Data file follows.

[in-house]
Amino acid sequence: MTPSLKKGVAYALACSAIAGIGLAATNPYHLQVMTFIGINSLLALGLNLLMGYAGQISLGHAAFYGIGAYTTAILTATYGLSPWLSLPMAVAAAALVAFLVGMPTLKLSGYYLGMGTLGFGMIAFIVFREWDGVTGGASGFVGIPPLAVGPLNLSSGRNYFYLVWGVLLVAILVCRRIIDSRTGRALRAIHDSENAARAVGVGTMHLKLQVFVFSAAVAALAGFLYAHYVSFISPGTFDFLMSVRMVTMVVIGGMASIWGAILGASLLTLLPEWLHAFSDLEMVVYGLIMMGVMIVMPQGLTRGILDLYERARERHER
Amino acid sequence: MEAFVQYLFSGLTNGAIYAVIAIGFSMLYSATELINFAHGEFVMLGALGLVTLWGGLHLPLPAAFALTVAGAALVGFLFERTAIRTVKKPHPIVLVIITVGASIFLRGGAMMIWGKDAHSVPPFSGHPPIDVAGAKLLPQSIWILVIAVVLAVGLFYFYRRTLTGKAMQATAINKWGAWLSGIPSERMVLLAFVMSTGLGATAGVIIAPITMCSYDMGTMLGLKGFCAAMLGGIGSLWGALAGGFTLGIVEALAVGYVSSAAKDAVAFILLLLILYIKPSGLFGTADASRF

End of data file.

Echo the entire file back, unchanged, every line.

[in-house]
Amino acid sequence: MTPSLKKGVAYALACSAIAGIGLAATNPYHLQVMTFIGINSLLALGLNLLMGYAGQISLGHAAFYGIGAYTTAILTATYGLSPWLSLPMAVAAAALVAFLVGMPTLKLSGYYLGMGTLGFGMIAFIVFREWDGVTGGASGFVGIPPLAVGPLNLSSGRNYFYLVWGVLLVAILVCRRIIDSRTGRALRAIHDSENAARAVGVGTMHLKLQVFVFSAAVAALAGFLYAHYVSFISPGTFDFLMSVRMVTMVVIGGMASIWGAILGASLLTLLPEWLHAFSDLEMVVYGLIMMGVMIVMPQGLTRGILDLYERARERHER
Amino acid sequence: MEAFVQYLFSGLTNGAIYAVIAIGFSMLYSATELINFAHGEFVMLGALGLVTLWGGLHLPLPAAFALTVAGAALVGFLFERTAIRTVKKPHPIVLVIITVGASIFLRGGAMMIWGKDAHSVPPFSGHPPIDVAGAKLLPQSIWILVIAVVLAVGLFYFYRRTLTGKAMQATAINKWGAWLSGIPSERMVLLAFVMSTGLGATAGVIIAPITMCSYDMGTMLGLKGFCAAMLGGIGSLWGALAGGFTLGIVEALAVGYVSSAAKDAVAFILLLLILYIKPSGLFGTADASRF